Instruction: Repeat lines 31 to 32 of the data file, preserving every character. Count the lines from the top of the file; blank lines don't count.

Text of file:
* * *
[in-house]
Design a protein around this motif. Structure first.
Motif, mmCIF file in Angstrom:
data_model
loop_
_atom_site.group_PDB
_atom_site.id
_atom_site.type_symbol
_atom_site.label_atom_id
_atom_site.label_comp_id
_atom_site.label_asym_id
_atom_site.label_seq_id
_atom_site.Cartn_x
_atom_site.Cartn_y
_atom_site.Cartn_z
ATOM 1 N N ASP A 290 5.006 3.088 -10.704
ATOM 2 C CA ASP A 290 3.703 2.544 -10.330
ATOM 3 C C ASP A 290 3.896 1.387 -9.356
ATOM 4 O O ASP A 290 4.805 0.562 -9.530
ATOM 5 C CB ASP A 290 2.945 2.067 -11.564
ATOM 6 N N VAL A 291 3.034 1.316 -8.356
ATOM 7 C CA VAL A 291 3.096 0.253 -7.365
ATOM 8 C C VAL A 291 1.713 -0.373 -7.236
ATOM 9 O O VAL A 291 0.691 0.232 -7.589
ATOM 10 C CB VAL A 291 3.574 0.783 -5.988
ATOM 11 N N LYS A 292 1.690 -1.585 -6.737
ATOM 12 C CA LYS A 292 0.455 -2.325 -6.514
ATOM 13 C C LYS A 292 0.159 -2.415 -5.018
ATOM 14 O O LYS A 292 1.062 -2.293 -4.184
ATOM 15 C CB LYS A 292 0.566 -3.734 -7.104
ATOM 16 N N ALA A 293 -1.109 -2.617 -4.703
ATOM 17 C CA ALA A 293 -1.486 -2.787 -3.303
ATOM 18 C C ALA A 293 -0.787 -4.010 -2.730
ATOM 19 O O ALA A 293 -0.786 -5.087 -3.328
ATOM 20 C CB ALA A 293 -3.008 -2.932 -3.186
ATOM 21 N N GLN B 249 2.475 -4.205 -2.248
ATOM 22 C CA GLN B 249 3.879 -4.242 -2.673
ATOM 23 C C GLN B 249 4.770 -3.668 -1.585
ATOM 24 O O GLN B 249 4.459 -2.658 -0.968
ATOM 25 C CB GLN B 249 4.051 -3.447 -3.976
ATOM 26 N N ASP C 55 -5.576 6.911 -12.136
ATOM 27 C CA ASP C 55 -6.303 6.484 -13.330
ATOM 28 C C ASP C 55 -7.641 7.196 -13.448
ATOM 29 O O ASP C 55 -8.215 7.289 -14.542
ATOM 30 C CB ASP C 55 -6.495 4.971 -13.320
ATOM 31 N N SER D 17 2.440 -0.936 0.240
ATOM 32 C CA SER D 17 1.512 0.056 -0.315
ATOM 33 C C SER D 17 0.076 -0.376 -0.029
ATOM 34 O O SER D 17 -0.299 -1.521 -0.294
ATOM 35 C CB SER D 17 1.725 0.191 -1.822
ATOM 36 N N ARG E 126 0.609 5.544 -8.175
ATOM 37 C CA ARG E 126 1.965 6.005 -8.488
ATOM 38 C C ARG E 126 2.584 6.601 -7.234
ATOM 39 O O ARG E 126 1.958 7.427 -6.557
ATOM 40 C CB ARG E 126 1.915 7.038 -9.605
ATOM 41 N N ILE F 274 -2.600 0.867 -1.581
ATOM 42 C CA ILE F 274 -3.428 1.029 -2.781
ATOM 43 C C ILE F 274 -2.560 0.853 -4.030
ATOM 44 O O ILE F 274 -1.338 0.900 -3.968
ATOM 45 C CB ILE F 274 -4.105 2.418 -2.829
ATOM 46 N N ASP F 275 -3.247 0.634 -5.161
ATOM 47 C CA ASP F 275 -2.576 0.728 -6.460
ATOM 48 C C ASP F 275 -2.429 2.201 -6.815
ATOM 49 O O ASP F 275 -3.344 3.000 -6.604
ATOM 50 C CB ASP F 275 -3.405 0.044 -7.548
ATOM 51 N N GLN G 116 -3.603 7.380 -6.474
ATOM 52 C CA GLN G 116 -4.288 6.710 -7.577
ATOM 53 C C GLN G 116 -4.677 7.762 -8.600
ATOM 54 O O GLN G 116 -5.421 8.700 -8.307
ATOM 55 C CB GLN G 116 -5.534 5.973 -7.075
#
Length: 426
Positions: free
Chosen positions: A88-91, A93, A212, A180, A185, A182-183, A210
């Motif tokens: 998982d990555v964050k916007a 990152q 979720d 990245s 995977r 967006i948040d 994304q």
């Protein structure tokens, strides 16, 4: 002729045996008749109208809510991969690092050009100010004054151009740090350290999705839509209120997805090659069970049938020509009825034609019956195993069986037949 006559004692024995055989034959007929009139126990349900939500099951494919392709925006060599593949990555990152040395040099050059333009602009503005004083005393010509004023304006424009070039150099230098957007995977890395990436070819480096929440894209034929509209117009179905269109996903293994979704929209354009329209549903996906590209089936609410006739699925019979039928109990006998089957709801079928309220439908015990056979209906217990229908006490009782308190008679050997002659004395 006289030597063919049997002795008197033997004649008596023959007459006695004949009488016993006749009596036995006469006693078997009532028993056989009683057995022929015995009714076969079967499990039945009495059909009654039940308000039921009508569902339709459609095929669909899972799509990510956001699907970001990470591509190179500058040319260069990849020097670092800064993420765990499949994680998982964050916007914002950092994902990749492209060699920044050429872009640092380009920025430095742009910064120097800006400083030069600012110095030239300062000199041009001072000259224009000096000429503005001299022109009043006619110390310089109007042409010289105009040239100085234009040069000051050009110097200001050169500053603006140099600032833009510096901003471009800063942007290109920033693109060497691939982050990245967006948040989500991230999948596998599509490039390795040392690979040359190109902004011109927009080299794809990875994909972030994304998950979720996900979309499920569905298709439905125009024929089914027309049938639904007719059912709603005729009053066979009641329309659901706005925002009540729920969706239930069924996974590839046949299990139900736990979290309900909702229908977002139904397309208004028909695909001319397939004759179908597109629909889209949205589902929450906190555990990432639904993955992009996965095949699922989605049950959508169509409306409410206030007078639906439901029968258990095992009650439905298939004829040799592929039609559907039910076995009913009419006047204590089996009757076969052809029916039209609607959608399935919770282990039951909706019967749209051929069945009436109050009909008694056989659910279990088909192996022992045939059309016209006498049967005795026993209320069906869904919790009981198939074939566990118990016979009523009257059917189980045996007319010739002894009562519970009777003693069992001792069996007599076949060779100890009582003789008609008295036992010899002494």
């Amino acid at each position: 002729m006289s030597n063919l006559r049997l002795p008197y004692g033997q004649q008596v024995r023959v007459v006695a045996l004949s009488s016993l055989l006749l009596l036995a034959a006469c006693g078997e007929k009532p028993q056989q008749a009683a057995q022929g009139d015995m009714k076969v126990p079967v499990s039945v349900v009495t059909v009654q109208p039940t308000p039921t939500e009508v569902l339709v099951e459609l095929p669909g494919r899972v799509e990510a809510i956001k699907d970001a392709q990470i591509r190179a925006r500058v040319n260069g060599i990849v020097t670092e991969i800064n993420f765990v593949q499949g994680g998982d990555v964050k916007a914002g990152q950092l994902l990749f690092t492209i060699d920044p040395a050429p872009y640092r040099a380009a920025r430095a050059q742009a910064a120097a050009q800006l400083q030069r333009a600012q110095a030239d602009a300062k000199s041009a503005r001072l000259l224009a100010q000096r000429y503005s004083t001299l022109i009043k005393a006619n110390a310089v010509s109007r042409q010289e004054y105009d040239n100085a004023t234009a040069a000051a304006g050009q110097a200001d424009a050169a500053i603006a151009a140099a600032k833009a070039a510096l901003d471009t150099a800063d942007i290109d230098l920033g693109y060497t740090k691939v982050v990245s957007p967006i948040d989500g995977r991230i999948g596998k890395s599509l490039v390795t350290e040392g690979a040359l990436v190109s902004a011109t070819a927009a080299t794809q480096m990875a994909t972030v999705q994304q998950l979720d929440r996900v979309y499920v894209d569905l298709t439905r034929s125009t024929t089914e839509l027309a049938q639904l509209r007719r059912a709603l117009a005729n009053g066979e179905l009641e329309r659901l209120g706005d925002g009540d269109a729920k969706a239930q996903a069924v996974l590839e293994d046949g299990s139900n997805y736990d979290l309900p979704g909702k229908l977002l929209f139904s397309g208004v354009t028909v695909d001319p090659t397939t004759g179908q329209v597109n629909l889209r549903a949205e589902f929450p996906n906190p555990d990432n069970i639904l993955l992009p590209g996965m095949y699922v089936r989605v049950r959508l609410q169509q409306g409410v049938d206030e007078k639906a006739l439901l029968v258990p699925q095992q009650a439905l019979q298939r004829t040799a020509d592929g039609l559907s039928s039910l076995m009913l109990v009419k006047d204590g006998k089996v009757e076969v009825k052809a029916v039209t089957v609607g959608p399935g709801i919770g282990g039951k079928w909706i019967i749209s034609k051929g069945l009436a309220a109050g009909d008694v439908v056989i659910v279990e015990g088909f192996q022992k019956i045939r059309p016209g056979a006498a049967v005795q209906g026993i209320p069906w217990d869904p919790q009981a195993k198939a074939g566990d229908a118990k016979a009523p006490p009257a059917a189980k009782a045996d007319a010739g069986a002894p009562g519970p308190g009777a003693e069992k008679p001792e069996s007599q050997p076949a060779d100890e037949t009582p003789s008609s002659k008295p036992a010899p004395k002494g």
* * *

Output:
ATOM 16 N N ALA A 293 -1.109 -2.617 -4.703
ATOM 17 C CA ALA A 293 -1.486 -2.787 -3.303